The Internet was abuzz today with a report that grinchy old CBS was getting that warm, cuddly holiday feeling and had announced it would air back-to-back episodes of I Love Lucy, colorized and without commercial interruption, and call it The I Love Lucy Christmas Special, on December 20.
Portions of that report were true.
The I Love Lucy Christmas Special will feature colorized episodes of the 1950s CBS comedy series: the seldom-seen “Christmas Episode,” and “Lucy’s Italian Movie” (aka The Grape Stomping Episode). The network said the episodes were “colorized with a vintage look,” for all you purists out there, “in a nod to the 1950s period in which the shows were filmed.” That would be The Black-and-White TV Period, but we’ll let it go. “The Christmas Episode” finds the Ricardos (Lucille Ball and Desi Arnaz) and Mertzes (Vivian Vance and William Frawley) decorating Lucy and Ricky’s Christmas tree and reminiscing about how their lives have changed since the arrival of the Ricardos’ son, Little Ricky. Flashbacks are in black-and-white — to emphasize the time lapse, CBS explained. Flashbacks recall the night Lucy tells Ricky she is pregnant, the time she shows up unexpectedly as part of a barbershop quartet, and the day Ricky and the Mertzes rehearse taking Lucy to the maternity ward. “The Christmas Episode” was first presented as part of the series in December 1956. The episode wasn’t included in the series’ long history of rebroadcasts, first on CBS Daytime and later in syndication, the network noted, adding that it was thought to be “lost” until CBS “found” it — in 1989.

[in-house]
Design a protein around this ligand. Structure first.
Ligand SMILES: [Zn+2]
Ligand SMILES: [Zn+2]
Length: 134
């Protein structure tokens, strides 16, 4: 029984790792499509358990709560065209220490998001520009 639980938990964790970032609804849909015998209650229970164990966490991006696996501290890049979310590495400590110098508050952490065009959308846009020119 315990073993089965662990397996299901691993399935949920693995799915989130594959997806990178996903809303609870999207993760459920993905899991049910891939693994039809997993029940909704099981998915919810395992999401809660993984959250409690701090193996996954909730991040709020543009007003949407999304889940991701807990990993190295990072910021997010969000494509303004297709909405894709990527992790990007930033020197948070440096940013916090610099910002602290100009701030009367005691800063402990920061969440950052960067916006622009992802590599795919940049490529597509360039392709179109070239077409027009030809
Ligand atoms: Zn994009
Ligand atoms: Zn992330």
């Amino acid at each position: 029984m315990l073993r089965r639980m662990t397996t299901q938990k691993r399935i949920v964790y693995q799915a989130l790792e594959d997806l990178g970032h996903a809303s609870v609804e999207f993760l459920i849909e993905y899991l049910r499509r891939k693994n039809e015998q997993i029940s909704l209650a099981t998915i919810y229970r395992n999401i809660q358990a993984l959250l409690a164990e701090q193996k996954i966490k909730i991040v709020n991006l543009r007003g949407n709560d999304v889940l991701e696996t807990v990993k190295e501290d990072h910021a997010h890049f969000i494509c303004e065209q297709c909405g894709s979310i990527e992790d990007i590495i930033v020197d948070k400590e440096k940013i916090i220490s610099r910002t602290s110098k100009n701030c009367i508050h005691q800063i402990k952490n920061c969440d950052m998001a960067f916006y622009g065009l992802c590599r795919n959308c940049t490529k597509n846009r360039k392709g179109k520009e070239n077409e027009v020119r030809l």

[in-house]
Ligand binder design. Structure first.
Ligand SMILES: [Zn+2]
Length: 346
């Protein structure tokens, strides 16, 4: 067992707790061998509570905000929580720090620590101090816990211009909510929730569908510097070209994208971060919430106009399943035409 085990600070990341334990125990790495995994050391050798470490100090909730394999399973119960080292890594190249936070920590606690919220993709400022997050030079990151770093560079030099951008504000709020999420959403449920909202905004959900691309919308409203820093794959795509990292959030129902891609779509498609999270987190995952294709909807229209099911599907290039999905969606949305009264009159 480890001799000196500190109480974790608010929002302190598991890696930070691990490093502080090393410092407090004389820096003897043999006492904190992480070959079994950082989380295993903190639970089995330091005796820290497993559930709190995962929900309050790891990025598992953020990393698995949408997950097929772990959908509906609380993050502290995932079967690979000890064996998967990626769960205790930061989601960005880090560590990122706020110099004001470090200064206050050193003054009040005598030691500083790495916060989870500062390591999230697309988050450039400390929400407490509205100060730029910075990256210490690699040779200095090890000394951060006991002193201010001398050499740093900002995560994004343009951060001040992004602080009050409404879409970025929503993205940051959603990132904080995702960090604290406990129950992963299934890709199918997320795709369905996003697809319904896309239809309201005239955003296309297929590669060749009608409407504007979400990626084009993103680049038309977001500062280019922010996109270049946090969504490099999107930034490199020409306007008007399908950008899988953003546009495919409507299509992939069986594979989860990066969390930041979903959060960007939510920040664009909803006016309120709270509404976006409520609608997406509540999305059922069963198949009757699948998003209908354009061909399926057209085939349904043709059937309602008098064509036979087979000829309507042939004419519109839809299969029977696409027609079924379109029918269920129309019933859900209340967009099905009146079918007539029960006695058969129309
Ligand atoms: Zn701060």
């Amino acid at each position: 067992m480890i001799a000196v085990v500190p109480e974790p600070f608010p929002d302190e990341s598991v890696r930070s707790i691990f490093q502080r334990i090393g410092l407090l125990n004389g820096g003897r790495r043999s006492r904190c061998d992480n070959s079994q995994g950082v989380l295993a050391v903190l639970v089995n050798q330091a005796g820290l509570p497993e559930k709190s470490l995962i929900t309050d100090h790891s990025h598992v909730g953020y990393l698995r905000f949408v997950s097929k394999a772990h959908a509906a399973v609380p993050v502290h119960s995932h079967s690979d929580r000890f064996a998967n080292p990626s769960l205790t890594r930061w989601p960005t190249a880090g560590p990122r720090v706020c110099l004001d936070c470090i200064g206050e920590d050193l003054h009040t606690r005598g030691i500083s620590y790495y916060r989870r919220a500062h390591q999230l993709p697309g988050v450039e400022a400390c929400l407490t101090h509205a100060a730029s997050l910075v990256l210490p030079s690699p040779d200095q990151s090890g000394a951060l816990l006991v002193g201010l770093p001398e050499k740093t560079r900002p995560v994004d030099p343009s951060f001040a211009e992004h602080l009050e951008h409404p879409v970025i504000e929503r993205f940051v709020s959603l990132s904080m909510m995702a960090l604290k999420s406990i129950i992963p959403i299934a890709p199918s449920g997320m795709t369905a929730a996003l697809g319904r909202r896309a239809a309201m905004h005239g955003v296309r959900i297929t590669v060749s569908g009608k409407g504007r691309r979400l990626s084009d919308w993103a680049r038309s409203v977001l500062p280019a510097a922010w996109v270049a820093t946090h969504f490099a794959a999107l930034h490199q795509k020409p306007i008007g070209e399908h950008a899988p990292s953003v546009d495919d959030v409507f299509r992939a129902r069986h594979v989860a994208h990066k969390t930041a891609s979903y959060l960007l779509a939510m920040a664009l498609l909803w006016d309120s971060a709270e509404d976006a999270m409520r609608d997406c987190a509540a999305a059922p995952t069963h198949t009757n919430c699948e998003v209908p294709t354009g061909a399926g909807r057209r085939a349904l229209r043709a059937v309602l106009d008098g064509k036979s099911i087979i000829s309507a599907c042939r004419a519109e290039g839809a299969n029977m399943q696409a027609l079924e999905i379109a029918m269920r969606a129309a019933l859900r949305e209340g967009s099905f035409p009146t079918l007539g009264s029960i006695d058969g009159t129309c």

“Lucy’s Italian Movie” finds the Ricardos and Mertzes visiting Rome, where Lucy is invited by a famous Italian film director to appear in his next picture, Bitter Grapes. She mistakenly thinks is about the wine industry, so she visits a local vineyard for research and winds up soaking up more local color than intended. CBS owns the episode, and the network colorized it. Two episodes makes for a cheap holiday special, and CBS is airing it on a Friday –- a night on which it has nothing to lose. It’s the weekend before Christmas, so the company probably will sell some DVDs off of the broadcast.
Oh, that part of the report about CBS airing the special without commercial interruption? CBS wants you to know it will be running it with all the advertising you’ve come to expect during the holiday season. Advertisers love holiday programming — even if it’s 60 years old. Look at Rudolph! Look at Frosty the Snowman! Advertisers line up to get in those shows. CBS might be getting sentimental for the holidays, but it’s not stupid.